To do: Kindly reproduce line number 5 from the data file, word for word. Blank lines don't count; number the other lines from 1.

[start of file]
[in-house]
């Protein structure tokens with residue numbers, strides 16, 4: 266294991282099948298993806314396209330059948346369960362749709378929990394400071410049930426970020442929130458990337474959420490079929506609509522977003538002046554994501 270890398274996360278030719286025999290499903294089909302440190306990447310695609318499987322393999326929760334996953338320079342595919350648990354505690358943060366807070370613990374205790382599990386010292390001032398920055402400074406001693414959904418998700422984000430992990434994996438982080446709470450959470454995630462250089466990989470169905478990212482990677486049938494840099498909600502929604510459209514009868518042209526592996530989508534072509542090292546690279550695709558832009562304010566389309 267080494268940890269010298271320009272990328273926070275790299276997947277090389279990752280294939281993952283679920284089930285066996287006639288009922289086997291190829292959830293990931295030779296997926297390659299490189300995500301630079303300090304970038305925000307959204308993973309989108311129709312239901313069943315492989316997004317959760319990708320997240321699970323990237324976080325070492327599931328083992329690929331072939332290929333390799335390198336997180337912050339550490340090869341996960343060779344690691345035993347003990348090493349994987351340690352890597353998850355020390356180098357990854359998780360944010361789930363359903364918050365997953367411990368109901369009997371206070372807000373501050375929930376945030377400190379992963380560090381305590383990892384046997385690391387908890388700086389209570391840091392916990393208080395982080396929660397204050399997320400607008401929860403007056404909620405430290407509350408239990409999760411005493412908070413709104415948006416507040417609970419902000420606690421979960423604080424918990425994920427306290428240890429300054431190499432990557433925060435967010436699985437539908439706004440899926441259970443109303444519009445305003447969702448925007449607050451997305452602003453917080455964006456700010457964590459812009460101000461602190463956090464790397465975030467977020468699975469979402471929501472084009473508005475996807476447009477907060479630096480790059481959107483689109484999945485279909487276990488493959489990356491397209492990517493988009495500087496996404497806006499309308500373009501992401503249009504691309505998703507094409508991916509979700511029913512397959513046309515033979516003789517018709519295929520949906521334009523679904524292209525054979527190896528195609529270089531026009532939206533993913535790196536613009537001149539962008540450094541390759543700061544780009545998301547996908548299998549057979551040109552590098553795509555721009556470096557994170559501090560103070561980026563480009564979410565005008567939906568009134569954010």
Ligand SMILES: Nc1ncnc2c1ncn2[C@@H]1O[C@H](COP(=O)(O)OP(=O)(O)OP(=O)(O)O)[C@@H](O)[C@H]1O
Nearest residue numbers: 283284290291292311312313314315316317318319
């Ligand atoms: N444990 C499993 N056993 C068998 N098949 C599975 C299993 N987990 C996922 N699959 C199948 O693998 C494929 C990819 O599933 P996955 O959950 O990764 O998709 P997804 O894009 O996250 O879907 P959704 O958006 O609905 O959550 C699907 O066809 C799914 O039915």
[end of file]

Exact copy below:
């Ligand atoms: N444990 C499993 N056993 C068998 N098949 C599975 C299993 N987990 C996922 N699959 C199948 O693998 C494929 C990819 O599933 P996955 O959950 O990764 O998709 P997804 O894009 O996250 O879907 P959704 O958006 O609905 O959550 C699907 O066809 C799914 O039915």